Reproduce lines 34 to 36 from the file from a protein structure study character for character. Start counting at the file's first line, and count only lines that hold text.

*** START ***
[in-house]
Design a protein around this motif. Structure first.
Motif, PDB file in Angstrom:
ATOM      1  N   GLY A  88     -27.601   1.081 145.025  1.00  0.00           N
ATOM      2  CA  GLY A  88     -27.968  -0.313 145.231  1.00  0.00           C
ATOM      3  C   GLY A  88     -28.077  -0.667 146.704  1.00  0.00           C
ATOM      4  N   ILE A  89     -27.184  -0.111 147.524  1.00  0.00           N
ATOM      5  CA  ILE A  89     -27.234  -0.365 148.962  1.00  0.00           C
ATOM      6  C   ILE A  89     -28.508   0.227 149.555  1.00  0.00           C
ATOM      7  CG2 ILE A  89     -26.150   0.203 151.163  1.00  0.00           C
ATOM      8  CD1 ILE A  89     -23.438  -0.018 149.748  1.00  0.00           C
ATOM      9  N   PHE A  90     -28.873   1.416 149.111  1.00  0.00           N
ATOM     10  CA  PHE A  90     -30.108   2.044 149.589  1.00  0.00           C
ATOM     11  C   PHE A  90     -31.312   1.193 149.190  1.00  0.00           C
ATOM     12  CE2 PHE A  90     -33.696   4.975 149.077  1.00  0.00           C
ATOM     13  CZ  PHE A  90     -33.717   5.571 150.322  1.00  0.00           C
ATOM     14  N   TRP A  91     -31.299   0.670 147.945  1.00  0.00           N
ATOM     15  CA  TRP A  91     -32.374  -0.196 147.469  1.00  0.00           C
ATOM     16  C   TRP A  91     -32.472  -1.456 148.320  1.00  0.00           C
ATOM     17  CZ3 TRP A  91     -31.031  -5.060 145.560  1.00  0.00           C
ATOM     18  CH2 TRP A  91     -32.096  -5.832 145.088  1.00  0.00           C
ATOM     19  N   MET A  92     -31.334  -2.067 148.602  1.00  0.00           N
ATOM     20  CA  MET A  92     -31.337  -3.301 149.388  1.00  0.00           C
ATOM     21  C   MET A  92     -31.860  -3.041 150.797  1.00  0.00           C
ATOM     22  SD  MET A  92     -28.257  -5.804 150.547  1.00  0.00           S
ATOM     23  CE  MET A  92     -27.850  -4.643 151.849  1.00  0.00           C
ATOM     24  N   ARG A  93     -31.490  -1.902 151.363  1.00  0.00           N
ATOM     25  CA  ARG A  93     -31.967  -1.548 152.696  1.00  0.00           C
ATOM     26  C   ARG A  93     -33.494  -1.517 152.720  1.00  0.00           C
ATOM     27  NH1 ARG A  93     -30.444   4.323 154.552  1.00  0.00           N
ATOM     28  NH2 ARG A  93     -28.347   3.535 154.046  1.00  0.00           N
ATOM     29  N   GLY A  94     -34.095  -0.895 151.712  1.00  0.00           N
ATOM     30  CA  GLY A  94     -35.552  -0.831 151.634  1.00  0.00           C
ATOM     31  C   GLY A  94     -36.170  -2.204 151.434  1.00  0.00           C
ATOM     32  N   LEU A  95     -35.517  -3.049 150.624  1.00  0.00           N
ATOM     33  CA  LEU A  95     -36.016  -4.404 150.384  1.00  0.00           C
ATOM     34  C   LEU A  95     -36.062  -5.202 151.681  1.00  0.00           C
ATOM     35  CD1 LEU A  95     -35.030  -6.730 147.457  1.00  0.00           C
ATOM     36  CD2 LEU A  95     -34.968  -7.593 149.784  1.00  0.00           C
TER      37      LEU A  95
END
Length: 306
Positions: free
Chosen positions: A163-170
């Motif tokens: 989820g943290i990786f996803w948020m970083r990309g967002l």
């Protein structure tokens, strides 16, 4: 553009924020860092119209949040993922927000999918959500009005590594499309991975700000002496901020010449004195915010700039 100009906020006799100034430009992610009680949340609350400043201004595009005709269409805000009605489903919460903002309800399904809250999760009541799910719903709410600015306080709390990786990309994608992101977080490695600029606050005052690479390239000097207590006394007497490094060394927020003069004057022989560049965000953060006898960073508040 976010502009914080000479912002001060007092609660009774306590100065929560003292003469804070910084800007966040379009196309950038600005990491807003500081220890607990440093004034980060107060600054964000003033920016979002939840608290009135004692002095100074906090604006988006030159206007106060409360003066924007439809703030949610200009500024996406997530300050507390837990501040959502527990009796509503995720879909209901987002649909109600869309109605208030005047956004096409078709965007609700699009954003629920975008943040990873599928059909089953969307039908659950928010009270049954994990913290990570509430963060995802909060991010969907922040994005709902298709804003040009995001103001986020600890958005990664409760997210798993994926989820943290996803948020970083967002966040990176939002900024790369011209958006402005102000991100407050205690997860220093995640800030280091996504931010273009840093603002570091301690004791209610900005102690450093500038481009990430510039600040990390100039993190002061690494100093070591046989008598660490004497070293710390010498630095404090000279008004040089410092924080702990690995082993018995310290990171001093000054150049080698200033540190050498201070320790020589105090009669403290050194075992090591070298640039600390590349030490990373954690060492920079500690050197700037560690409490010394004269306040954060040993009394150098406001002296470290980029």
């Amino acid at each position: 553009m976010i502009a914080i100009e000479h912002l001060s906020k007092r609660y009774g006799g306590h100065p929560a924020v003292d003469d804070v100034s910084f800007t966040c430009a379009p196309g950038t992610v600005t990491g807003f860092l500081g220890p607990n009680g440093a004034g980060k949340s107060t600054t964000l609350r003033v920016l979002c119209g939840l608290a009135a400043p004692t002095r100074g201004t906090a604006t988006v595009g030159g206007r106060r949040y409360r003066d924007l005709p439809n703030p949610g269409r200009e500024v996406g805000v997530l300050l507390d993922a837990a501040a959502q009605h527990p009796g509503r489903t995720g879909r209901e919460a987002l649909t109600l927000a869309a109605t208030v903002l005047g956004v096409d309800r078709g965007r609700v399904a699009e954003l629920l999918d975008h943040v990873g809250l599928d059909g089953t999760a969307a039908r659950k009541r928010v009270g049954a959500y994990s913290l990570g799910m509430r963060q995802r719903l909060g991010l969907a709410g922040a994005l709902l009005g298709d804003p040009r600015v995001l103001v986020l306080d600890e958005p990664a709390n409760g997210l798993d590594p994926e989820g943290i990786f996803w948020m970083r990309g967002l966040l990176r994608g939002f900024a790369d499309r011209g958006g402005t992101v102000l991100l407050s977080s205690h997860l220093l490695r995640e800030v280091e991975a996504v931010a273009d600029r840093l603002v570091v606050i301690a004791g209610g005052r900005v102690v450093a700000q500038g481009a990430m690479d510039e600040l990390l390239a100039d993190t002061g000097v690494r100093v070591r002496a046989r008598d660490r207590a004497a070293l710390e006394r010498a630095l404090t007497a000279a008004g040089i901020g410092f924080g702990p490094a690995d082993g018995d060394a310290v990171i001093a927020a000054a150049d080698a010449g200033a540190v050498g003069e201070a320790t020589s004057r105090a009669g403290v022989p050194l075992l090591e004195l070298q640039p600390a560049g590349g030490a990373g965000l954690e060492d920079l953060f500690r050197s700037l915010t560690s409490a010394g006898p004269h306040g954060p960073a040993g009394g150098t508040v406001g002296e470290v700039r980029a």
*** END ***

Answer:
ATOM     31  C   GLY A  94     -36.170  -2.204 151.434  1.00  0.00           C
ATOM     32  N   LEU A  95     -35.517  -3.049 150.624  1.00  0.00           N
ATOM     33  CA  LEU A  95     -36.016  -4.404 150.384  1.00  0.00           C